Since fluconazole is secreted in saliva in high concentrations, it is tempting to speculate that it may interfere with the synthesis or structure of candidal receptors on buccal epithelial cells.

Fluconazole is active against most C albicans, although resistance may appear, but it is less active against non-C albicans species. It tends to be active against Candida parapsilosis and Candida tropicalis, but is less active against Candida glabrata, and is not active against C krusei.

Fluconazole is well absorbed from the gut, even in the absence of acidity of the stomach. It can penetrate into other body fluids, including CSF. Oral absorption is rapid and almost complete within 2 hours. The plasma half-life is approximately 30 hours. Intravenous preparations are available for patients who cannot take medication orally.

Fluconazole appears to undergo relatively little metabolism in the body; elimination is predominantly renal. With normal renal function, the serum half-life is approximately 30 hours. The concentration of the drug in CSF is estimated to be from 50-90% of plasma concentration, suggesting that fluconazole is given best daily and penetrates into CSF and urine in high concentrations. It enters saliva, although salivary levels are higher and persist longer after use of an oral suspension, compared with oral use.

Fluconazole is effective in patients with chronic atrophic oral candidosis, particularly when administered concurrently with an oral antiseptic such as chlorhexidine. For patients with CMC in whom relapse after initial remission is expected, a dose of 50 mg produces clinical and mycologic responses in approximately 10 days.

It is active against oral candidosis in HIV disease and produces remission within approximately 1 week.

Itraconazole (Sporanox)

 

Itraconazole is an orally active triazole that inhibits ergosterol biosynthesis in fungal cell. It has a long half-life and fewer adverse effects than ketoconazole but is expensive and eliminated hepatically.

Itraconazole is well absorbed and achieves good distribution in the body and may be more active than ketoconazole. Absorption is impaired when gastric acid is reduced or when antacid, rifampicin, or phenytoin is given. It may interact with terfenadine, astemizole, and cisapride to produce dysrhythmias and to increase the activity of anticoagulants, cyclosporin, midazolam, and sulfonylureas. Adverse effects have included altered liver function (hepatotoxicity is less than that of ketoconazole) and hypokalemia with hypertension resulting from accumulation of steroids with an aldosteronelike activity, mild leukopenia, nausea, epigastric pain, headache, and edema.

It is available in 50- and 100-mg capsules and 10-mg/mL oral solution. Administering 100-200 mg/d for 2 weeks gives good clinical and laboratory results compared with ketoconazole and clotrimazole. GI absorption is reduced in HIV disease.

The availability of oral solution may offer advantages over capsules because it acts topically and is easier to swallow for patients with oral candidosis and to administer by nasogastric tube.

Itraconazole is active against all candidal species; therefore, it may be indicated in patients who are immunocompromised and in whom other antifungals may predispose to selection and overgrowth of resistant species. It has been successful at a dose of 200 mg/d for 4 weeks in the treatment of candidosis. Absorption from the GI tract in persons with HIV infection is approximately one half that in healthy individuals. A dose of 100 mg PO qd or bid probably is as effective as fluconazole. It is available for topical use as a solution. A dose of 200 mg qd is more effective than clotrimazole or ketoconazole.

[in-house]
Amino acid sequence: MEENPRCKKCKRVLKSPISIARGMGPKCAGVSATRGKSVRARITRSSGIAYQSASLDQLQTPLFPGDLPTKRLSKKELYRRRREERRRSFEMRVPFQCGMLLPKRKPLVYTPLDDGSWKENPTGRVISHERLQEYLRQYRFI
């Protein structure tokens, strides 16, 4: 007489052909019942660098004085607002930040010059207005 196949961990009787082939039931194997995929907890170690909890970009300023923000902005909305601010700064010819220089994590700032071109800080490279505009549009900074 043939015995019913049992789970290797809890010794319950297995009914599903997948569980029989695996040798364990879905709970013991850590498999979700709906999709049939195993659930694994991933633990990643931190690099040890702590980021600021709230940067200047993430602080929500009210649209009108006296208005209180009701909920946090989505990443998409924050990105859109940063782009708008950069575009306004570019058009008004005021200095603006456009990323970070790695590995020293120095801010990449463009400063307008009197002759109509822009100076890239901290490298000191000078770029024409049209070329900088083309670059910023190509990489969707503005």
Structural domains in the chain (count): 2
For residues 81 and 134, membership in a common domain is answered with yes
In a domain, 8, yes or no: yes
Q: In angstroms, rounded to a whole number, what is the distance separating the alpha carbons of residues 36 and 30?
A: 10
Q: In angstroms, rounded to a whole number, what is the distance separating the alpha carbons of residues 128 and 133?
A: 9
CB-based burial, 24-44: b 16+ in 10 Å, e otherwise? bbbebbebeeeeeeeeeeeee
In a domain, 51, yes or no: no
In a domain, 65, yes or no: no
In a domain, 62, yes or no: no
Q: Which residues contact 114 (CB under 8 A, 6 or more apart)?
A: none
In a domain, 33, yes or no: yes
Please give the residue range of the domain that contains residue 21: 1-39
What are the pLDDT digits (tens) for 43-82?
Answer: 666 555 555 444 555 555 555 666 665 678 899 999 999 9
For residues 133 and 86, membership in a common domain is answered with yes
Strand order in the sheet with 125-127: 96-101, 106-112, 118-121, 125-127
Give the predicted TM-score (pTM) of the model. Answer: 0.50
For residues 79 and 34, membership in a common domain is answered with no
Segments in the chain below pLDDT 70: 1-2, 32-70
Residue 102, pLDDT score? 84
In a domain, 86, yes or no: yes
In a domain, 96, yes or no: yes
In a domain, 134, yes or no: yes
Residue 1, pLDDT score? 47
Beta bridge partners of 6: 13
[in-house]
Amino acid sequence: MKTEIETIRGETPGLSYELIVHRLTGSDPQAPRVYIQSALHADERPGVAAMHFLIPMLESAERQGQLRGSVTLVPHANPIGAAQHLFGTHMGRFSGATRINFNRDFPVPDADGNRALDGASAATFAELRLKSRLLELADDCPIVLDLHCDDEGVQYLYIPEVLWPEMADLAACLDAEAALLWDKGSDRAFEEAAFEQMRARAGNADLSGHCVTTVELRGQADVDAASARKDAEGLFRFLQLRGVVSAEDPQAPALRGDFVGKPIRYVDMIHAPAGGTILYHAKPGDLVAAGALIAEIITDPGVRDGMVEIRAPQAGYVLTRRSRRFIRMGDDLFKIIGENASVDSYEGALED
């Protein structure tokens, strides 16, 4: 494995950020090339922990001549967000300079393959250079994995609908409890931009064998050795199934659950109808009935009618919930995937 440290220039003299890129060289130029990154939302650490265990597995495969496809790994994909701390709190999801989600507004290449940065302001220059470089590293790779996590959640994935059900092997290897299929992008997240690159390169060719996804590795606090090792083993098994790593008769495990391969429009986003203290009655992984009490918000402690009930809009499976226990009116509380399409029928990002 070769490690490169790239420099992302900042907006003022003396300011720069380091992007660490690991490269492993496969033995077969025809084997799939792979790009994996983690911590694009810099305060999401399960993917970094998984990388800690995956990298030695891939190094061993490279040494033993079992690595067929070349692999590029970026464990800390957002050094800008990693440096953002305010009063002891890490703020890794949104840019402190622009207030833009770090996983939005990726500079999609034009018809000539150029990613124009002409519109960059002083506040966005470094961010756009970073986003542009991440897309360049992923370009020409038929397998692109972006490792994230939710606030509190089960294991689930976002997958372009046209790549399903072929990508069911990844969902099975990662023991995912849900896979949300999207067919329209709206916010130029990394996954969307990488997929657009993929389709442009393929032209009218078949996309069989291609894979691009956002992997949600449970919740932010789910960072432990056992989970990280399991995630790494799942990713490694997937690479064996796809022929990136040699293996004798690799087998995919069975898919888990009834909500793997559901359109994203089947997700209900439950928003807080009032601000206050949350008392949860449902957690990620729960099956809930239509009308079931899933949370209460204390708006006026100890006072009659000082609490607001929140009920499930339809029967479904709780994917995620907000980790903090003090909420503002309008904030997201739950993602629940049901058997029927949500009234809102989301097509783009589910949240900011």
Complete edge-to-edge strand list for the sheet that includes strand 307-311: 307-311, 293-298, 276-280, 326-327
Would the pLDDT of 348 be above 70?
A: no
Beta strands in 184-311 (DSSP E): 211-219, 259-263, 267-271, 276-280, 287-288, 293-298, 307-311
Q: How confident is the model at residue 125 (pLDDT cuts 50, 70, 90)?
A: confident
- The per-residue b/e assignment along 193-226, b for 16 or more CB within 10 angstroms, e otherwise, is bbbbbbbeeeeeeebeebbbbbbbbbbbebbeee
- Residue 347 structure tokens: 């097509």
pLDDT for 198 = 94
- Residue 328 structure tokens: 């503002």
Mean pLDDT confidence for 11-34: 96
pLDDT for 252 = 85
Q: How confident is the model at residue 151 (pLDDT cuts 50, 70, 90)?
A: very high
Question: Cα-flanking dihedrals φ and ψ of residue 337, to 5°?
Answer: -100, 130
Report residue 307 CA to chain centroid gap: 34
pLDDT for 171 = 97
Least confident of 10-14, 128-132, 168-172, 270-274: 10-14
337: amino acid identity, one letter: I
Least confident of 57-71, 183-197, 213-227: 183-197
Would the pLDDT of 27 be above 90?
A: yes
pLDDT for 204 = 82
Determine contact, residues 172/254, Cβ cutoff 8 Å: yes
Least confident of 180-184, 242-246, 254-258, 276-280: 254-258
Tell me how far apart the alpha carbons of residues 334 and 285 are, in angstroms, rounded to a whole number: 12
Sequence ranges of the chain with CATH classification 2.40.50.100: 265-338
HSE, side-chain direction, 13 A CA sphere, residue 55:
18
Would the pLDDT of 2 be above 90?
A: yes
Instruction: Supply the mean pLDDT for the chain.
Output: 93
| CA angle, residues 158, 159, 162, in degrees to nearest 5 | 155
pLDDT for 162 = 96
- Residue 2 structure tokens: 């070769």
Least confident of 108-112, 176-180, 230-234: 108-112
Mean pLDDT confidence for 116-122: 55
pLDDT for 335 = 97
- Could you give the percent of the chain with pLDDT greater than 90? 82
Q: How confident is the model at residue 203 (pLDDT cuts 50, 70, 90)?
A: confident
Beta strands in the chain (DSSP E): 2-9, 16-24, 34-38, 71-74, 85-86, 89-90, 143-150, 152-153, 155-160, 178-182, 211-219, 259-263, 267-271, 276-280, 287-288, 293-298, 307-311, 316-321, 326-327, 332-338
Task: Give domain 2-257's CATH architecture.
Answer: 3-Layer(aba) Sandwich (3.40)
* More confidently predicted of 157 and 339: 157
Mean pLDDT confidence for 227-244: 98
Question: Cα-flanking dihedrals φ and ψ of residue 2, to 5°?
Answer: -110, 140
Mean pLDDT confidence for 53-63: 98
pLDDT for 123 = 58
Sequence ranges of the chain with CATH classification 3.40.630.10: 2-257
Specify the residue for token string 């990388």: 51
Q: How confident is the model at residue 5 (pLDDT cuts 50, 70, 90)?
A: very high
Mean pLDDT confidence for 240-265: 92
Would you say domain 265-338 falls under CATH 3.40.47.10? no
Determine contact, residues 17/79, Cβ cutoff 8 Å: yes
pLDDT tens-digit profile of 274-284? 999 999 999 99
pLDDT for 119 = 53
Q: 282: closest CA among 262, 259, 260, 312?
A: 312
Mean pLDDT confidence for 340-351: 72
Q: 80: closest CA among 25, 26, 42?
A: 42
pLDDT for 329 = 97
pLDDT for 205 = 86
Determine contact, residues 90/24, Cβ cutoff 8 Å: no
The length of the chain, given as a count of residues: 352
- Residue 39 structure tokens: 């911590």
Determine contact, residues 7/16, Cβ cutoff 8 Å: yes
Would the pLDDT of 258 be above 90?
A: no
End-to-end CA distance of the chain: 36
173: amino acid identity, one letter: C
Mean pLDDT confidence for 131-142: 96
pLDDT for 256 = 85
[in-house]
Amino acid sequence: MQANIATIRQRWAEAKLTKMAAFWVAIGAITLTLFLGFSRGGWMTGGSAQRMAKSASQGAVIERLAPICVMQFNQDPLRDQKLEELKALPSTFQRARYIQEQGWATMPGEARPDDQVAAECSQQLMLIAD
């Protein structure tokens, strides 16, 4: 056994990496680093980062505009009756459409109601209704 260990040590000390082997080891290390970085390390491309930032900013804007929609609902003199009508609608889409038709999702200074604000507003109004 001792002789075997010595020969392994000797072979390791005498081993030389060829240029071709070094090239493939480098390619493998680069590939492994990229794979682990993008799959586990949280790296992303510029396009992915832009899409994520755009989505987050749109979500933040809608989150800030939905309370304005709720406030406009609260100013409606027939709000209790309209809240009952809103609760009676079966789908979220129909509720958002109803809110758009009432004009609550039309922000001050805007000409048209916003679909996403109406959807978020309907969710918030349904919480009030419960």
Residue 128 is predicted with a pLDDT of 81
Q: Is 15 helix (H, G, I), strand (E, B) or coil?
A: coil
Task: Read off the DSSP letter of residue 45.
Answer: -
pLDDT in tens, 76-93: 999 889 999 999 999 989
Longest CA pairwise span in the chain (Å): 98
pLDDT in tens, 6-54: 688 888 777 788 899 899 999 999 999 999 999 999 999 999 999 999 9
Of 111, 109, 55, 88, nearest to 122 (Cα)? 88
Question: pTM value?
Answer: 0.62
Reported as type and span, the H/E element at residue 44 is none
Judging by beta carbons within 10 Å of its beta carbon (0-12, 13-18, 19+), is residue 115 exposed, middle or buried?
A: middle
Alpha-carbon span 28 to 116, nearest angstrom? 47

Voriconazole (Vfend)

 

Voriconazole is used for primary treatment of invasive aspergillosis and salvage treatment of Fusarium species or Scedosporium apiospermum infections. It is a triazole antifungal agent that inhibits fungal CYP450-mediated 14 alpha-lanosterol demethylation, which is essential in fungal ergosterol biosynthesis.

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Contributor Information and Disclosures
Author

Crispian Scully, MD, MRCS, PhD, MDS, CBE, FDSRCS(Eng), FDSRCPS, FFDRCSI, FDSRCSE, FRCPath, FMedSci, FHEA, FUCL, FSB, DSc, DChD, DMed(HC), Dr(HC) Emeritus Professor, University College London; Visiting Professor, Universities of Athens, BPP, Edinburgh, Granada, Helsinki and Plymouth

Crispian Scully, MD, MRCS, PhD, MDS, CBE, FDSRCS(Eng), FDSRCPS, FFDRCSI, FDSRCSE, FRCPath, FMedSci, FHEA, FUCL, FSB, DSc, DChD, DMed(HC), Dr(HC) is a member of the following medical societies: Academy of Medical Sciences, British Society for Oral Medicine, European Association for Oral Medicine, International Academy of Oral Oncology, International Association for Dental Research, International Association for Oral and Maxillofacial Pathology

Disclosure: Nothing to disclose.

Specialty Editor Board

Richard P Vinson, MD Assistant Clinical Professor, Department of Dermatology, Texas Tech University Health Sciences Center, Paul L Foster School of Medicine; Consulting Staff, Mountain View Dermatology, PA

Richard P Vinson, MD is a member of the following medical societies: American Academy of Dermatology, Texas Medical Association, Association of Military Dermatologists, Texas Dermatological Society

Disclosure: Nothing to disclose.

Paul Krusinski, MD Director of Dermatology, Fletcher Allen Health Care; Professor, Department of Internal Medicine, University of Vermont College of Medicine

Paul Krusinski, MD is a member of the following medical societies: American Academy of Dermatology, American College of Physicians, Society for Investigative Dermatology

Disclosure: Nothing to disclose.

Chief Editor

William D James, MD Paul R Gross Professor of Dermatology, Vice-Chairman, Residency Program Director, Department of Dermatology, University of Pennsylvania School of Medicine

William D James, MD is a member of the following medical societies: American Academy of Dermatology, Society for Investigative Dermatology

Disclosure: Nothing to disclose.

Additional Contributors

Franklin Flowers, MD Department of Dermatology, Professor Emeritus Affiliate Associate Professor of Pathology, University of Florida College of Medicine

Franklin Flowers, MD is a member of the following medical societies: American College of Mohs Surgery

Disclosure: Nothing to disclose.

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Pseudomembranous candidosis.
Erythematous candidosis in HIV/AIDS.
Denture-related stomatitis; a common form of oral candidiasis. From Scully C, Flint SF, Bagan JV, Porter SR, Moos K. Atlas of Oral and Maxillofacial Diseases. 2010. Informa, London.
Angular stomatitis; a common form of oral candidiasis, typically seen in patients with denture-related stomatitis, especially those in whom the denture needs adjustment. In others, it may be a sign of diabetes, nutritional deficiency, or immune defect.
Multifocal candidosis; lingual lesions.
Chronic hyperplastic candidosis; typically affects the tongue dorsum or the commissures of the lips; potentially malignant.